Last Visit to Alaska
By ML Dahl
August 29, 2006
Regarding the letter from Peter James, the former Alaska tourist
who promises never to return, I have some salient comments to
Those greedy Alaska communities who want to tax the tourists
provide real Alaska towns, populated with real Alaska residents,
who provide real Alaska adventures that cannot be duplicated
anywhere else in the world, no, not even by Disneyland.
Alaska towns, via their municipal governments, must build, repair
and maintain the infrastructure that supports the visiting tourists.
Without roads, streets, public restrooms, clean water, public
information kiosks, city-funded public museums, fish hatcheries
and eagle rehab centers, bridges from which to fish and gawk,
street guards to protect the walking tourists, a fine hospital
to treat the sick tourist, pristine and undeveloped scenery and,
oh yes! docks for the big cruise ships to tie up to, there would
nothing for the tourist to see or do.
Give me a break, Mr. James; how much wear and tear do you think
is done to a little Alaska town of 8,000 people when nearly a
million tourists disembark from cruise ships every summer to
fill our streets? How well would your town fare if your population
exploded by 125 times itself in a couple of months? I imagine
your town or state would have to figure out a way to pay for
the wear and tear on its own infrastructure, too.
Alaska is able to provide $1,000 to every full-time Alaska resident
because Alaska has been smart enough to set aside most of the
money it receives for selling her own oil and has invested it
for dividends which are shared with Alaska residents. If California
was as smart, she would have been more careful in developing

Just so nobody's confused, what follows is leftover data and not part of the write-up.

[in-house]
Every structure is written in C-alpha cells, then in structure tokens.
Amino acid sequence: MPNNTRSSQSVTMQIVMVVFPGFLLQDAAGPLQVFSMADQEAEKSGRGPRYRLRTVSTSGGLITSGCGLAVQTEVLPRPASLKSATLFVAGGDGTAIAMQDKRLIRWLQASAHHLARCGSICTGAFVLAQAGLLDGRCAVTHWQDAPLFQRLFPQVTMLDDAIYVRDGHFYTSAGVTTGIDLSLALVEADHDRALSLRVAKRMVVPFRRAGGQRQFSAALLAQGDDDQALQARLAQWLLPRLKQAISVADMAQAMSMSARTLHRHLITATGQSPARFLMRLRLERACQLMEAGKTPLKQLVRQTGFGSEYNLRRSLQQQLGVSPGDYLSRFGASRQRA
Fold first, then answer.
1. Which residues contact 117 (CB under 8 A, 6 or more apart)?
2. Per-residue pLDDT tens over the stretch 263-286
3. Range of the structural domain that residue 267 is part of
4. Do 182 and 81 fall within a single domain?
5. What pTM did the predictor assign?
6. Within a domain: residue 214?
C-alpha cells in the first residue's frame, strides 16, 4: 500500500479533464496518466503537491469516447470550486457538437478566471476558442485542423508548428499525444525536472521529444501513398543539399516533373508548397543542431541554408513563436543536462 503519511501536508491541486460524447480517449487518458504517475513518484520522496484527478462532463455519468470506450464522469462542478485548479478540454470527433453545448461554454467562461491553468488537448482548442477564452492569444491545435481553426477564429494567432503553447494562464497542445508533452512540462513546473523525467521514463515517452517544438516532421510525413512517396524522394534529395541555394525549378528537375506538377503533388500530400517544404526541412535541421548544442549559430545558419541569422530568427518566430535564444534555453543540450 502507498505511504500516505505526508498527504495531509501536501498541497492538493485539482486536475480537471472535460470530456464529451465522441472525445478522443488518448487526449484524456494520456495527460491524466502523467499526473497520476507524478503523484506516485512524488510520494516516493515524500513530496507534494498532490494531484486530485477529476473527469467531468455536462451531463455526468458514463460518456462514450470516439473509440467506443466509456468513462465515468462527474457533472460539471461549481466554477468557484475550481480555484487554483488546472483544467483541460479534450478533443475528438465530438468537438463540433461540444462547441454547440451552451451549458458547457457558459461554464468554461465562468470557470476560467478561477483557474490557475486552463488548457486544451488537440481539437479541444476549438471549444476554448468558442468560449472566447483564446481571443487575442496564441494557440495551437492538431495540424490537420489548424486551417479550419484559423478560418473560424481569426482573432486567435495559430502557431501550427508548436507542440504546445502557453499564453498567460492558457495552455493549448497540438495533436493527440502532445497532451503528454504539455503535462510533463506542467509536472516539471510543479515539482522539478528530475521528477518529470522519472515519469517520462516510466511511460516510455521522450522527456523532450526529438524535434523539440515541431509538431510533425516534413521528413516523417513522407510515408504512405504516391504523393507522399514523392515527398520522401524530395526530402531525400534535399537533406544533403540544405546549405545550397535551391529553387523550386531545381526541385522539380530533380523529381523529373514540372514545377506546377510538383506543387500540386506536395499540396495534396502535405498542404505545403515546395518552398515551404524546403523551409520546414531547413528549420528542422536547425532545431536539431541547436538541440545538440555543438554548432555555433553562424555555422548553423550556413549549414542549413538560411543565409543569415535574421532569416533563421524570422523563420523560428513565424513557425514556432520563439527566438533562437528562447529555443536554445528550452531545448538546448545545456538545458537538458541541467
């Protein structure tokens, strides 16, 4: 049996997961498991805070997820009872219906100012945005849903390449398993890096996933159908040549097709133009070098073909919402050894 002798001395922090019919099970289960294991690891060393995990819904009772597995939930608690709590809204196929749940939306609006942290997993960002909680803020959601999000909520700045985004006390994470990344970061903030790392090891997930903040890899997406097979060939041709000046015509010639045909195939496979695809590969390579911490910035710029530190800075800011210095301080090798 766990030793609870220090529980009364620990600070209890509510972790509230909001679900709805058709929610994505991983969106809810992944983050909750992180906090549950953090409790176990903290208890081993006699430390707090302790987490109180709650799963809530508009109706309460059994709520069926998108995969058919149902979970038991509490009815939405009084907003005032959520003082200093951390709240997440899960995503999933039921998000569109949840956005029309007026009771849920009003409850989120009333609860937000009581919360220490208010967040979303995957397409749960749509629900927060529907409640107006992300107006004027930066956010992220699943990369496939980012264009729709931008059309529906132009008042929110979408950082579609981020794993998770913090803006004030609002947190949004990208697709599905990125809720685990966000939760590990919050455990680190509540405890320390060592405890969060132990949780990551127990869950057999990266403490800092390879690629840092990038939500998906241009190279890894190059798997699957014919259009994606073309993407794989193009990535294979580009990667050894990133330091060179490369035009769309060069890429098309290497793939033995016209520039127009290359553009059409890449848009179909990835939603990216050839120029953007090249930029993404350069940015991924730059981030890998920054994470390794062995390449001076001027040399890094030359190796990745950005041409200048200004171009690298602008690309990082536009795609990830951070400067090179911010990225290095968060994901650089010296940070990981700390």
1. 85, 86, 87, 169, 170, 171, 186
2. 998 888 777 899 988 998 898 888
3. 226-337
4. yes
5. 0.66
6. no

her own resources instead of spending herself into bankruptcy.
Yep, Ketchikan is that place where the bridge to nowhere has
been proposed and if we could have built if for a million dollars
it would already be a done deal. However, it is important to
correct the perception that the purpose of the proposed bridge
was to get to the airport or connect 50 people on Gravina Island
to the town of Ketchikan. In fact, most of the people on Gravina
Island emphatically do not want to be connected to Ketchikan.
That s why they moved to the island in the first place. The
purpose of the bridge was to open up Gravina Island for development.
Without land on which to develop industrial, residential and
recreational areas, Ketchikan, as the center of southern Southeast
Alaska, cannot grow. Greedy entrepreneurs that we are, we want
to work and build businesses, employ people, pay taxes and see
our communities grow and prosper.
I am sorry that you do not plan to visit Alaska again, Mr. James
but then, I am not planning to visit California again either,
so I guess it is a wash.
Ketchikan, AK - USA
About: "A certified financial planner, business owner, writer,
sailor and dog-lover living in beautiful Ketchikan, Alaska who
has been here long enough that I am no longer a cheechako. "
last trip to Alaska By Peter James - Coronado, CA - USA
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